Live Reading for Art Bar Poetry Series

July 11, 2017  Poem from China Residency 2016

“Who Dares to Encounter The Dragonfly of Binhai?”


Embarkments Upon New Ships

I haven’t written on my personal blog in a year–this is the next feat!

Last September I was in Tianjin, China. It was a grand experience. This year has been a less exciting, however similarly, an experience of highs and lows. By October 5th 2016, I was entirely disoriented upon my return to Toronto and it took until my birthday on Nov 1st to feel a bit more sorted again.

By December, I was wondering what I was going to do with myself now that China had passed and there was surely more writing to do, but no promising ventures were scheduled.

In January, I embarked upon a new Ship and decided to register for TESL Canada. Needing finances and employment will make one hustle. After that two month intensive, I continued with the College of Canadian and Cultural Studies’ program to include TESL Ontario. This has been a venture I am deeply grateful for. They’ve enhanced my understanding of English and Second Language Acquisition and have broadened my spectrum on the Canadian experience as my father was a student of ESL in the early 70s. English As a Second or Foreign Language has certainly grown since then. It is a bursting global and political business today. Opportunities abound and the learning of language as well as the understanding of language are insurmountably rich with knowledge about brain, mind, thought, emotion and body. I had a chance to explore linguistics, which was another really enlightening learning experience. No doubt all this has enhanced my writing abilities and the tenacity to question style.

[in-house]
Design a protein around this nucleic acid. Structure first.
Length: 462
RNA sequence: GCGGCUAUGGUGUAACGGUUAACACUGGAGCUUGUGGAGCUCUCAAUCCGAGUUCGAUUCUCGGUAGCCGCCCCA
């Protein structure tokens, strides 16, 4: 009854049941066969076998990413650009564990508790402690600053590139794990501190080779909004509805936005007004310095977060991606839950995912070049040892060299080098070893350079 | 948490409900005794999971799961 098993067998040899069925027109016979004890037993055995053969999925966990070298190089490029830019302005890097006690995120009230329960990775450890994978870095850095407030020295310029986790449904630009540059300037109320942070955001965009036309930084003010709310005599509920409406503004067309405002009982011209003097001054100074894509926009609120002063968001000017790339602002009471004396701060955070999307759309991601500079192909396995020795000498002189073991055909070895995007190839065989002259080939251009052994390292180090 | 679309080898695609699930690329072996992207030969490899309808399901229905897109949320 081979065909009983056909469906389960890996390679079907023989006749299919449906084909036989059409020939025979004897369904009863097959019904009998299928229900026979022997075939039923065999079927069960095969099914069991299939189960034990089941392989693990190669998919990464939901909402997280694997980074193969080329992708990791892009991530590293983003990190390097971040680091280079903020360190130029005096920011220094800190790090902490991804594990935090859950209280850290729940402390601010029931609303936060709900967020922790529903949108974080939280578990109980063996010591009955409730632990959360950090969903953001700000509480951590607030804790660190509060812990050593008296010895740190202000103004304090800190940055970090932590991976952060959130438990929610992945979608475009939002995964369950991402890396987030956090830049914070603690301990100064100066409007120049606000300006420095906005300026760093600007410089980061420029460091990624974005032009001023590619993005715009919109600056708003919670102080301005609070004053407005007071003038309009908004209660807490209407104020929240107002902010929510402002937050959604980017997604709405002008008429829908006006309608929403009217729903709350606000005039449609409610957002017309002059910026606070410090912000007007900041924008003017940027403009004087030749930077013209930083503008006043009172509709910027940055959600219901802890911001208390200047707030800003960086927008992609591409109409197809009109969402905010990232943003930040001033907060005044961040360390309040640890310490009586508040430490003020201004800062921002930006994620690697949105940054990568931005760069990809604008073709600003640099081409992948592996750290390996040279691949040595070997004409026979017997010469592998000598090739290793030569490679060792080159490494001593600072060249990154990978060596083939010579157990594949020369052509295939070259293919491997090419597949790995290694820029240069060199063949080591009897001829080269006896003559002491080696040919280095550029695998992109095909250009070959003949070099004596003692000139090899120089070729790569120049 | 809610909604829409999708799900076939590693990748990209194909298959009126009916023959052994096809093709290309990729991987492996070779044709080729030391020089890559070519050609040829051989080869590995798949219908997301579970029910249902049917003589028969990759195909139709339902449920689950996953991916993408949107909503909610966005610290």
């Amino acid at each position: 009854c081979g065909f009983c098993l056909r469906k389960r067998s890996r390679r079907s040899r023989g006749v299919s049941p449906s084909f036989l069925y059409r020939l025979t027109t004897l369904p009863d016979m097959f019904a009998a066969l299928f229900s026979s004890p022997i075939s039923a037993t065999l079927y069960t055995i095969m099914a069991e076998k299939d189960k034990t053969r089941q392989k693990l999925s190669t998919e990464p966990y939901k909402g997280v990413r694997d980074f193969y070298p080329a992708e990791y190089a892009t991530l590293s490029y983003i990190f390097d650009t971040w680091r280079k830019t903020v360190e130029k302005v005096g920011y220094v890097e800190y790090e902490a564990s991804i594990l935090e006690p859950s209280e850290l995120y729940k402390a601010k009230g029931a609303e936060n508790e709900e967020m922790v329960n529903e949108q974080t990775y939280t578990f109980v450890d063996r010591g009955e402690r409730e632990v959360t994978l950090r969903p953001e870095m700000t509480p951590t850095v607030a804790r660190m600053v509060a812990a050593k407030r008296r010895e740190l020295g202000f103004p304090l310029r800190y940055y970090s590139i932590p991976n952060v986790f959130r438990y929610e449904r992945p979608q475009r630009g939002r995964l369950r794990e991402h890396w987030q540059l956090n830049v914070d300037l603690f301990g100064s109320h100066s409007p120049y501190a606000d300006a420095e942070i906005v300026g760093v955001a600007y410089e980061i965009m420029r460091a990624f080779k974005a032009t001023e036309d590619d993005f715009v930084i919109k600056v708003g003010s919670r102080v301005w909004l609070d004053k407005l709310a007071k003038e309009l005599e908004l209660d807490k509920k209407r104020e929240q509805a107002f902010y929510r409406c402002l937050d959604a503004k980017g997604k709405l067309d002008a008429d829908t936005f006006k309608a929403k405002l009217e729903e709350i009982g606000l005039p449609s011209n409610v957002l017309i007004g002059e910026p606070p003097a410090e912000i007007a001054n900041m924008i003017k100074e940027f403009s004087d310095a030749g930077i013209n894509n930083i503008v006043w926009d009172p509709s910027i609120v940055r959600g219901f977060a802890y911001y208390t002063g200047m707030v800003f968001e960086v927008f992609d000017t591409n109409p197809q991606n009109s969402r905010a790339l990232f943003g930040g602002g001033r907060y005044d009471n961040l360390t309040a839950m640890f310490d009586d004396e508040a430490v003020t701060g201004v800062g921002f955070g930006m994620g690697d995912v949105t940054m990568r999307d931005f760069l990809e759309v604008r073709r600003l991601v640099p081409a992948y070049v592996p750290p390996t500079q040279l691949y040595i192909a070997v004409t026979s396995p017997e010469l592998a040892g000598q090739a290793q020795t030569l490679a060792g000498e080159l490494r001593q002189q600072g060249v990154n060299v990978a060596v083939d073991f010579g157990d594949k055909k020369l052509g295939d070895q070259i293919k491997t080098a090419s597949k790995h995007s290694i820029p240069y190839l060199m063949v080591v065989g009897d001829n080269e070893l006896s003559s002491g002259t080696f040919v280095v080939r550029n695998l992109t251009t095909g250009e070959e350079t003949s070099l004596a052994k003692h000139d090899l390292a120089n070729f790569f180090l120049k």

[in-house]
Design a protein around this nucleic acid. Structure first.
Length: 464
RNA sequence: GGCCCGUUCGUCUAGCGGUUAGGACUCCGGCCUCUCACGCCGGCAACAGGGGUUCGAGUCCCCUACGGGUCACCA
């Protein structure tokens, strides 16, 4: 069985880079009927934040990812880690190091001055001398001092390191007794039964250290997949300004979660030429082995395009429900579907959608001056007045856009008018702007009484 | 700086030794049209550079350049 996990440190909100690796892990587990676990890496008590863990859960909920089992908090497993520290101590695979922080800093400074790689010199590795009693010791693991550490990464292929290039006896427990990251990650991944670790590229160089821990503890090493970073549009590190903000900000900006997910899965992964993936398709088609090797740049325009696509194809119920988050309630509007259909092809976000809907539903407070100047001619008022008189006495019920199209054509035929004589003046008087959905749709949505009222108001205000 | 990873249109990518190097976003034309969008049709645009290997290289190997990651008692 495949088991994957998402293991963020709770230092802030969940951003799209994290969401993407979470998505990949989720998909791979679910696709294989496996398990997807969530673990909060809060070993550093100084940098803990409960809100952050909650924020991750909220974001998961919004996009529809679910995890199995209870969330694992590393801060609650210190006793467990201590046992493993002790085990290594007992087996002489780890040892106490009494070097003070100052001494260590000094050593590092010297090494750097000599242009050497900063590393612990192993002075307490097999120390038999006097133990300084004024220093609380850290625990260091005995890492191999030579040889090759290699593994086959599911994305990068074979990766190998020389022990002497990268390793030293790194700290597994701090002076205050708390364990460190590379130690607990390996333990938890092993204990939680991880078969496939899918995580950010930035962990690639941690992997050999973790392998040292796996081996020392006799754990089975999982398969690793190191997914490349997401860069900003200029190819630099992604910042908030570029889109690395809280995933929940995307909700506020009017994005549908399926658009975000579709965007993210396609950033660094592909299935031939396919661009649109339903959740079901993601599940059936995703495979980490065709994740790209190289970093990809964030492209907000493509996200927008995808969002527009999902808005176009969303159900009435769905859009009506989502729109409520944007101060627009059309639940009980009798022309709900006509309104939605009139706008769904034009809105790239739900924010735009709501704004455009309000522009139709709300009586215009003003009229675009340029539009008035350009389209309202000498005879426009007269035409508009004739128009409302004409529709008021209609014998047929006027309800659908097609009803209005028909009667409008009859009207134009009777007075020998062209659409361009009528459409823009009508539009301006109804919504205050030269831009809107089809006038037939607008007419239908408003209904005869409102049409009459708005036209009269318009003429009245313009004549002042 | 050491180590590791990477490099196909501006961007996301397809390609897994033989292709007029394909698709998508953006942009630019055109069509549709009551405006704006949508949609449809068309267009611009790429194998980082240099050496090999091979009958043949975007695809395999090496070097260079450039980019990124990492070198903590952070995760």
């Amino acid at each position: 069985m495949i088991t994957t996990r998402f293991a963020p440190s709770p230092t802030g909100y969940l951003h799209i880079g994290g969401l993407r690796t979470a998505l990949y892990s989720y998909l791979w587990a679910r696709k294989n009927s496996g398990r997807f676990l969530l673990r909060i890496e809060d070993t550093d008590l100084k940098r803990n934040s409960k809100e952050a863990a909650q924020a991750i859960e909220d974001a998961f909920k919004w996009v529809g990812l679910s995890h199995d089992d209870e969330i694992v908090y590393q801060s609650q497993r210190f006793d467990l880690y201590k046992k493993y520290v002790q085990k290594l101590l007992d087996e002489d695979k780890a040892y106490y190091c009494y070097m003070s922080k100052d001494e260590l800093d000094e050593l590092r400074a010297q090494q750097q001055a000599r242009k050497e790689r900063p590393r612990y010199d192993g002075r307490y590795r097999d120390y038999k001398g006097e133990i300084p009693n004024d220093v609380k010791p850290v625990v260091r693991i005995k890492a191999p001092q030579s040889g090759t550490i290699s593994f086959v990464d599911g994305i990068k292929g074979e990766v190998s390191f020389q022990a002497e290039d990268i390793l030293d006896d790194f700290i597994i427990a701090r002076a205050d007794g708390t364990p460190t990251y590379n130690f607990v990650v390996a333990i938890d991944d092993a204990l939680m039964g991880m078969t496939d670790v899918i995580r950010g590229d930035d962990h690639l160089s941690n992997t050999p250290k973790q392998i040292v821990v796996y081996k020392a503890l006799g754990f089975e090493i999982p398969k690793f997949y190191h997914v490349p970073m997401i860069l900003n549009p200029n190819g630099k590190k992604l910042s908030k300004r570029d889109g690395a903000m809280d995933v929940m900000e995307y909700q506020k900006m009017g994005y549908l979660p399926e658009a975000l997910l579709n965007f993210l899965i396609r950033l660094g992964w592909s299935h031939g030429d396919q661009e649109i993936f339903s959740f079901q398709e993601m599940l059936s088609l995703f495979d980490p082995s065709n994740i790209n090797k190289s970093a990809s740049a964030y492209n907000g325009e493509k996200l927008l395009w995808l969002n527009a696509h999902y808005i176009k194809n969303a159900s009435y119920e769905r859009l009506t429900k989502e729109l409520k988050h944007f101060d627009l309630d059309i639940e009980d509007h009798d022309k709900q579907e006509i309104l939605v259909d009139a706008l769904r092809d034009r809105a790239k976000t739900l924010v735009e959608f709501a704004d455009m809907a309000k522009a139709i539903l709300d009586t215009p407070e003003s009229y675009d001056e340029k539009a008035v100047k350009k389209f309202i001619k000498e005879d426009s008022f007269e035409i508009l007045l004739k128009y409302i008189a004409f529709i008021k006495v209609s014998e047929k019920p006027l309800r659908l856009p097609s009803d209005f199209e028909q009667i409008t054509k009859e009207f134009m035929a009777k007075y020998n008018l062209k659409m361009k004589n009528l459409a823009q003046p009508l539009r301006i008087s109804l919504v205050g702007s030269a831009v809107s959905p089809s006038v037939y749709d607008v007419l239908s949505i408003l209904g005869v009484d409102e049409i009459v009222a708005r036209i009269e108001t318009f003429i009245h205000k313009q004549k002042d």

I have recently come to an end with this study and, as a result, greater choice of lifestyle ensues should I continue with the industry and become a teacher either part-time or full-time. I tried teaching this summer at a private school and that was, once again, both a fun and challenging learning experience.

My intention since early 2017 was to return to the UBC MFA opt-res distance program so that I could complete further writing projects and increase opportunities for my place in the various artistic genres of Creative Writers. In less than a week I begin a 1 semester poetry class with poet Ian Williams and I am truly looking forward to the practice. Among all this, my final manuscript will be edited and complete as of December 2017 for publication. So there’s much writing and ESL to work this Autumn of 2017. There is great focus here and I am so grateful for it.

From the China residency, one of my poems was recently published in an online journal. Juniper Poetry Magazine (edited and hosted by Lisa Young)  Vol 1. Issue 1.

It’s good to be back!


In The Heart of China: The Mid-Autumn Moon Festival September 15, 2016


Hutong Courtyard Home, Study and Private Room to a Woman Official of the Qing Dynasty, Colleague of Empress Dowager Cixi.